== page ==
Fire is hot, rises, and can be explosive. In skateboarding, fire is visible in the explosive power in the legs that launches a skater into the air. Fire relates largely to technical flatland tricks which require repeated explosive bursts of energy to jump off the earth and to flip the board in the desired manner.
Air is lightweight, subtle, and in a state of suspension. Air relates to the ability to glide and hover. It is conspicuous in Ollying stairs or gaps where one remains suspended in the air for some time. When jumping stairs, even small sets, their is a distinctive feeling that one is hovering.
Water flows downward as in rivers and streams. Water is also a lubricant. It finds expression in slides and grinds on ledges and hand rails where there is a distinct focus on reducing surface friction. (Skaters frequently apply wax to their boards or to rails/ledges in order to decrease friction levels.) It is particularly visible in slides down obstacles that are on an incline.
Earth is heavy, solid, stable, and relatively still. Earth is obvious in tricks that require acts of incredible stability, especially where the skateboard remains near the ground and travels little. Tricks with an old school freestyle flavour such as wheelies (manuals), footplants, and street plants are distinctively earthy.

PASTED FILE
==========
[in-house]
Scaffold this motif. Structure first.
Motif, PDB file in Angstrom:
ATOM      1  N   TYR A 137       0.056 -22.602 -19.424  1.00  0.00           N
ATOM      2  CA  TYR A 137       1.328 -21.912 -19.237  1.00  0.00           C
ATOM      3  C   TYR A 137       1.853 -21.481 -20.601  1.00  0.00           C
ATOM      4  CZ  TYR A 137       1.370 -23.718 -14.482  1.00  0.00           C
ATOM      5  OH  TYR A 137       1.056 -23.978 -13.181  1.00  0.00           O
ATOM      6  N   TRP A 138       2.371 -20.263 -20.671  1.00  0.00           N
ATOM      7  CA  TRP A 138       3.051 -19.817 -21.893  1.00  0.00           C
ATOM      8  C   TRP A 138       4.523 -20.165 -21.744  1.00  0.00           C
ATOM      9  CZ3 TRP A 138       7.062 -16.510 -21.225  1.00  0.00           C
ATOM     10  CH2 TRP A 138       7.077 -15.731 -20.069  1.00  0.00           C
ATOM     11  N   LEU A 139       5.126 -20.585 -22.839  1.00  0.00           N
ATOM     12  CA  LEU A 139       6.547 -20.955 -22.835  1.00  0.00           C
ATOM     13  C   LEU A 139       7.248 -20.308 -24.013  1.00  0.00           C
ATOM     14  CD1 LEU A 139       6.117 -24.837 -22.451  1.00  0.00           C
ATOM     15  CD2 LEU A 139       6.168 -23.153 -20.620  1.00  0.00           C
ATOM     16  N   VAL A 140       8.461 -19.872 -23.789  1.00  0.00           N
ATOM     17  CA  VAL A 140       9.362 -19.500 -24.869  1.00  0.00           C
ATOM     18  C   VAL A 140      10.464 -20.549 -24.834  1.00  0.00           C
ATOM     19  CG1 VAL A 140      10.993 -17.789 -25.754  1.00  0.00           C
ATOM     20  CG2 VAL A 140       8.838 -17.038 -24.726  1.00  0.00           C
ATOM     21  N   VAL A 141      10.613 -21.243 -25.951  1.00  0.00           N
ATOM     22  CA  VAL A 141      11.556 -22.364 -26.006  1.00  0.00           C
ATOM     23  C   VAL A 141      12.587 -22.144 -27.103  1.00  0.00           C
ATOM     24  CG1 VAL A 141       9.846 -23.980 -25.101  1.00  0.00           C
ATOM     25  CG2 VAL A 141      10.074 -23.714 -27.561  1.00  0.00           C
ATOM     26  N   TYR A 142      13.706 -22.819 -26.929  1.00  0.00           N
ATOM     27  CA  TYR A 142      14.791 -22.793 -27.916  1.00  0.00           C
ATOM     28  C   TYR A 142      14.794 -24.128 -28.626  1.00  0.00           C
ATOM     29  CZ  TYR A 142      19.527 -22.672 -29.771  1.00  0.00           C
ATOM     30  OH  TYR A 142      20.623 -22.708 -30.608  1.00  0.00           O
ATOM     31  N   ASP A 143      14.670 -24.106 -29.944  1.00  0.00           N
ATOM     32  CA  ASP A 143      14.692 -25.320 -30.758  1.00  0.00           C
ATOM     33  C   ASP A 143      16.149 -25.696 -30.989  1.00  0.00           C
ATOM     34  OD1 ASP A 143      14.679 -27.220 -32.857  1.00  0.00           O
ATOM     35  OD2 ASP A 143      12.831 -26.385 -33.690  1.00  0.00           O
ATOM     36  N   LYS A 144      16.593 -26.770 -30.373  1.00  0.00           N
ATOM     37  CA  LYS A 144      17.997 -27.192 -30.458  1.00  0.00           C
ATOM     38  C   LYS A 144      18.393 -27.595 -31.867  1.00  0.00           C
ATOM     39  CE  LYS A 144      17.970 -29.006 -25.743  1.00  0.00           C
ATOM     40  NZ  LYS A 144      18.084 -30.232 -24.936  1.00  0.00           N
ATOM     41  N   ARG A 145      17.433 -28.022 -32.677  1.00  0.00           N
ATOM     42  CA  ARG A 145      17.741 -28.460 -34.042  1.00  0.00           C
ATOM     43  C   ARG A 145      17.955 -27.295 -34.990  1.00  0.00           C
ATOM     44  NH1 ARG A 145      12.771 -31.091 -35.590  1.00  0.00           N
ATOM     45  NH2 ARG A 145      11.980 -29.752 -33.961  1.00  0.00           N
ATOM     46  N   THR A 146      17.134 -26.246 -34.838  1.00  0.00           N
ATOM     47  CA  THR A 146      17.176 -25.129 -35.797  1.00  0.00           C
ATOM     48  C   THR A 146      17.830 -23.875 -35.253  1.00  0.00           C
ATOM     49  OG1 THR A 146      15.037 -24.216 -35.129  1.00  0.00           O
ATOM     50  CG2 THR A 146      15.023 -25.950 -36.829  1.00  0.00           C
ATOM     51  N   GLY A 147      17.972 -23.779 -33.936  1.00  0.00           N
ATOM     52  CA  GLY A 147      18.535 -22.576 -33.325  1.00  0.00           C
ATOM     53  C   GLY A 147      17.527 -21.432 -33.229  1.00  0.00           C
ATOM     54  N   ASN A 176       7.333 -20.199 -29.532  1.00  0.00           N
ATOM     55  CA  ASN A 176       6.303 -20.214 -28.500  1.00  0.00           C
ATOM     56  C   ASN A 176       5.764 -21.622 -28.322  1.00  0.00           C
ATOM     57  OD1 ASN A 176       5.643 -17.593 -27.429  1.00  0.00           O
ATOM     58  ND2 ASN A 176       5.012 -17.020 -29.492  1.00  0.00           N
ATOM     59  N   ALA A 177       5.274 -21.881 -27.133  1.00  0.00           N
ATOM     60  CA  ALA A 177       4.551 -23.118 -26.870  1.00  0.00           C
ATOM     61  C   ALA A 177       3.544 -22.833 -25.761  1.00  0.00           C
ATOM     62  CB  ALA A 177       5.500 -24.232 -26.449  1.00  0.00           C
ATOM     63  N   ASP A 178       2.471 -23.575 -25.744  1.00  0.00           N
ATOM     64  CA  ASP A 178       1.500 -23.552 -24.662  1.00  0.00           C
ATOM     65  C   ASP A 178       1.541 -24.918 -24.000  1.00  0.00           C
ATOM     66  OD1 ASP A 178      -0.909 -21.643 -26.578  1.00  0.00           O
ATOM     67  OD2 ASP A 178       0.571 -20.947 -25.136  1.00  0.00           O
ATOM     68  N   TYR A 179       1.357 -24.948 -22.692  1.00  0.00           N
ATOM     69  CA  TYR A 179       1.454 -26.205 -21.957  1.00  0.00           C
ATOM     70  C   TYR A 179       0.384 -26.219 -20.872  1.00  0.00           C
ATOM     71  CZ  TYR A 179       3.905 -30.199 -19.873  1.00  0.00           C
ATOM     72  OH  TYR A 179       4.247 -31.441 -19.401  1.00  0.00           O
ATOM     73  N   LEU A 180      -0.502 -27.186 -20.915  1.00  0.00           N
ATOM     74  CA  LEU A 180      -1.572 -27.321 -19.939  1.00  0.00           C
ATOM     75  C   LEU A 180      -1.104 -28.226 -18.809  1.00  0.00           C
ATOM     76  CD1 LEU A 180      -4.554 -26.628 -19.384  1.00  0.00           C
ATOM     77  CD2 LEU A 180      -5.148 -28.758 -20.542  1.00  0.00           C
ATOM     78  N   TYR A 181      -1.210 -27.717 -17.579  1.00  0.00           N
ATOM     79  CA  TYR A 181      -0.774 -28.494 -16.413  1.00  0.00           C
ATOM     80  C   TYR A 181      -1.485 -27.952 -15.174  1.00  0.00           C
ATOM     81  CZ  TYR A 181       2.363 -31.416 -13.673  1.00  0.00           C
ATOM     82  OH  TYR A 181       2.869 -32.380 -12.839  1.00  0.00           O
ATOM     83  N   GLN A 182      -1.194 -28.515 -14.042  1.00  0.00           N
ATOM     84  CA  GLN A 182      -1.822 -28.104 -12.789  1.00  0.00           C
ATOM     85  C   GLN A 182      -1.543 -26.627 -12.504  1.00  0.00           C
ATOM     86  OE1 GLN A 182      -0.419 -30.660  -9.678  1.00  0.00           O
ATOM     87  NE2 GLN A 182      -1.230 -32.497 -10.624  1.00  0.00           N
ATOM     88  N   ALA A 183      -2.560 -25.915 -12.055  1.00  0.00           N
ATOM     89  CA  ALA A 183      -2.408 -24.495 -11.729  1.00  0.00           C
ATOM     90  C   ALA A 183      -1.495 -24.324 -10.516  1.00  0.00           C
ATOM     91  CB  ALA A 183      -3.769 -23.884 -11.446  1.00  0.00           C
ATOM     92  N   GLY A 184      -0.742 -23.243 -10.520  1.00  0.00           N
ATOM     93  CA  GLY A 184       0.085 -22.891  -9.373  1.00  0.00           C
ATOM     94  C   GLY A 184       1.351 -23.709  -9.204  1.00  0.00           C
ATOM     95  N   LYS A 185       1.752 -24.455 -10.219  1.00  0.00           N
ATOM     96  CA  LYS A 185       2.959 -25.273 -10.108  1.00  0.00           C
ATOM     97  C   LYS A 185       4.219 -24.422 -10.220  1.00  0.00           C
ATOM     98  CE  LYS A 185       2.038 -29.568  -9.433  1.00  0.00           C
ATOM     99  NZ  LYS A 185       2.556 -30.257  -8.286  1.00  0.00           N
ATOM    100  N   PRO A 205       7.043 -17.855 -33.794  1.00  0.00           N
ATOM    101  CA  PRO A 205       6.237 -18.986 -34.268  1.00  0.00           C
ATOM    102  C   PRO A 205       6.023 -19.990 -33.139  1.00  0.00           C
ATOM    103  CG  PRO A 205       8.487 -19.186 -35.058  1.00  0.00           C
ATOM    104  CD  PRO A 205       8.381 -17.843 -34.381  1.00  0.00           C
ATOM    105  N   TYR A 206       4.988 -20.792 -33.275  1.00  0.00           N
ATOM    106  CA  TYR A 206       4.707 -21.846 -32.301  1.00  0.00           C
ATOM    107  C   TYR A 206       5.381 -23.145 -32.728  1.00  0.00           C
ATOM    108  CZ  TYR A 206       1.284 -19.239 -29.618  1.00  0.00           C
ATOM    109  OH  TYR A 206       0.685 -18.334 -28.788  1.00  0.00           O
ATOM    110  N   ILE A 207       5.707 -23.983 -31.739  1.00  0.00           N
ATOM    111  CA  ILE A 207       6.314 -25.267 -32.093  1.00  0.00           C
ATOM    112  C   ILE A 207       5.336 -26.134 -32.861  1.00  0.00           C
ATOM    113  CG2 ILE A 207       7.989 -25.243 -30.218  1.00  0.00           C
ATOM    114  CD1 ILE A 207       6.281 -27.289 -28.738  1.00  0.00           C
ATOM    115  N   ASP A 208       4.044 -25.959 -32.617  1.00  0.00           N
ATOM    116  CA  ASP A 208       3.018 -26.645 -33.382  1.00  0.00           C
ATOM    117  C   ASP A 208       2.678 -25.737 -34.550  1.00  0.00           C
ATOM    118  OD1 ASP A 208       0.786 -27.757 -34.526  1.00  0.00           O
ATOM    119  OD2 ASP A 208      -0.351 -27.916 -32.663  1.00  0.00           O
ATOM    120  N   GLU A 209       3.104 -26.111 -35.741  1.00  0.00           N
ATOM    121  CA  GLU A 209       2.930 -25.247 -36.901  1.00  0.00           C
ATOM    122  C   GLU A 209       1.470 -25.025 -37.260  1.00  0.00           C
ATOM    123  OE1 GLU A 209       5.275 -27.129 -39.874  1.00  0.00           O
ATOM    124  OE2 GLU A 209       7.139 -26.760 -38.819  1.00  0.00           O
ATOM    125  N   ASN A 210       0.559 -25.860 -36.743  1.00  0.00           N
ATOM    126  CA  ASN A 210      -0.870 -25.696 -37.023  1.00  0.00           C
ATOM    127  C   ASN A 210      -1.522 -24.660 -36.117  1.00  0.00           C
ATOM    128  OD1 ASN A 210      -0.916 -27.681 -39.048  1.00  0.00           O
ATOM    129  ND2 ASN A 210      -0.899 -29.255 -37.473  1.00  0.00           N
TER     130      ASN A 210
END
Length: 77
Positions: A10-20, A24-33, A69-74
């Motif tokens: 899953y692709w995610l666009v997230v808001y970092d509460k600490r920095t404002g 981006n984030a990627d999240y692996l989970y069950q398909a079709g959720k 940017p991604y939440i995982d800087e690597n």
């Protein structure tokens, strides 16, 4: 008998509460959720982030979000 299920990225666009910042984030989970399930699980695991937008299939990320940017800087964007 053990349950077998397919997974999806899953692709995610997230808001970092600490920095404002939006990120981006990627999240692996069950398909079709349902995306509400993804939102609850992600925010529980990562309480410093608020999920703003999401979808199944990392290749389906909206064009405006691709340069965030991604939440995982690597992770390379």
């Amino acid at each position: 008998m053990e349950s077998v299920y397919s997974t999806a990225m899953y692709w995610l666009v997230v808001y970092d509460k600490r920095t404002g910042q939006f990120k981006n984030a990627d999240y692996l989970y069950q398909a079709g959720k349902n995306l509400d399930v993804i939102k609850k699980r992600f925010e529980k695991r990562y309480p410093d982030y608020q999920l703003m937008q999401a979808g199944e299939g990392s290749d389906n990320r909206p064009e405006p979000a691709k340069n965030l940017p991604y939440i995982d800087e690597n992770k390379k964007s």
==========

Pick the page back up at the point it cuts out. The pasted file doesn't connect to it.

However, every trick, irrespective of its predominant element, contains all the elements. Hence, in ollying stairs, jumping parallels fire, gliding concerns air, descent relates to water, and landing pertains to earth.
Furthermore, each element presents a skater with a specific challenge. Fire, which typically initiates a trick, requires concerted effort and the ability to launch oneself in the right direction with the correct amount of force. In the air there is a sense of light-weightedness and decompression where the skater and board gravitate away from each other. In the water - like descent one experiences immense speed and a lack of control. This can be highly disorienting and fear inducing. Impact with the solid earth when landing can be severely painful and injurious.
In order to engage each element effectively, one should endeavour to tap into the opposite and counterbalancing element. Thus, when jumping (fire), one should project one's desired course of descent (water) to ensure one jumps with the required amount of force. In the air, one connects to the element of earth to maintain solidity and integrity. Upon descending (water), where there's least control - I.e. one must go with the flow - one draws on fire to keep oneself focused and in as much control as possible. Finally, on impact with the earth, one draws on air in order to land softly and gracefully.
In this manner, one traverses all the elements in every skateboarding trick and comes into intimate contact with the Creator's magnificent handy-works...